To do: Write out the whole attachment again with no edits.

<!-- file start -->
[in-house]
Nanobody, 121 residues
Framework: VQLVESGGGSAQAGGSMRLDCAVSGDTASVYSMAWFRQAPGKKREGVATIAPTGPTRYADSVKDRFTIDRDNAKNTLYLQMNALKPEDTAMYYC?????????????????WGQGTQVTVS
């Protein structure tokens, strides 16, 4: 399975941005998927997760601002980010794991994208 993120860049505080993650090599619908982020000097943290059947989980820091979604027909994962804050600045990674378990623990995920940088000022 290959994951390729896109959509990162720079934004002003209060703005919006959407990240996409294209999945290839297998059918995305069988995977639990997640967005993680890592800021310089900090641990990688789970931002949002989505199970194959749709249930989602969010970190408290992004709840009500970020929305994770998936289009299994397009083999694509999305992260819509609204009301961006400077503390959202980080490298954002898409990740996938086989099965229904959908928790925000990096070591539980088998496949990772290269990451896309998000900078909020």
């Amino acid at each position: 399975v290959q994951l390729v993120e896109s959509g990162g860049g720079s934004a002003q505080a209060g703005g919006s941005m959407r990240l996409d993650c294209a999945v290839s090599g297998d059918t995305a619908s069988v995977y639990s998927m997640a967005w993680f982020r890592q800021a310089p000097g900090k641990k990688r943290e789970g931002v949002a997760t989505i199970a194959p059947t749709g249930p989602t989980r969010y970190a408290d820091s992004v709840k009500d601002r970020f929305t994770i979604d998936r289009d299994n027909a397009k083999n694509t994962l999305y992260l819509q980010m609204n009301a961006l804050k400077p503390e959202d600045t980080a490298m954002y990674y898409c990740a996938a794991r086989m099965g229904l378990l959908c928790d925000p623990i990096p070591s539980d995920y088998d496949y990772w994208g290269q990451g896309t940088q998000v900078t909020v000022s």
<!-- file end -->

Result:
[in-house]
Nanobody, 121 residues
Framework: VQLVESGGGSAQAGGSMRLDCAVSGDTASVYSMAWFRQAPGKKREGVATIAPTGPTRYADSVKDRFTIDRDNAKNTLYLQMNALKPEDTAMYYC?????????????????WGQGTQVTVS
């Protein structure tokens, strides 16, 4: 399975941005998927997760601002980010794991994208 993120860049505080993650090599619908982020000097943290059947989980820091979604027909994962804050600045990674378990623990995920940088000022 290959994951390729896109959509990162720079934004002003209060703005919006959407990240996409294209999945290839297998059918995305069988995977639990997640967005993680890592800021310089900090641990990688789970931002949002989505199970194959749709249930989602969010970190408290992004709840009500970020929305994770998936289009299994397009083999694509999305992260819509609204009301961006400077503390959202980080490298954002898409990740996938086989099965229904959908928790925000990096070591539980088998496949990772290269990451896309998000900078909020």
């Amino acid at each position: 399975v290959q994951l390729v993120e896109s959509g990162g860049g720079s934004a002003q505080a209060g703005g919006s941005m959407r990240l996409d993650c294209a999945v290839s090599g297998d059918t995305a619908s069988v995977y639990s998927m997640a967005w993680f982020r890592q800021a310089p000097g900090k641990k990688r943290e789970g931002v949002a997760t989505i199970a194959p059947t749709g249930p989602t989980r969010y970190a408290d820091s992004v709840k009500d601002r970020f929305t994770i979604d998936r289009d299994n027909a397009k083999n694509t994962l999305y992260l819509q980010m609204n009301a961006l804050k400077p503390e959202d600045t980080a490298m954002y990674y898409c990740a996938a794991r086989m099965g229904l378990l959908c928790d925000p623990i990096p070591s539980d995920y088998d496949y990772w994208g290269q990451g896309t940088q998000v900078t909020v000022s």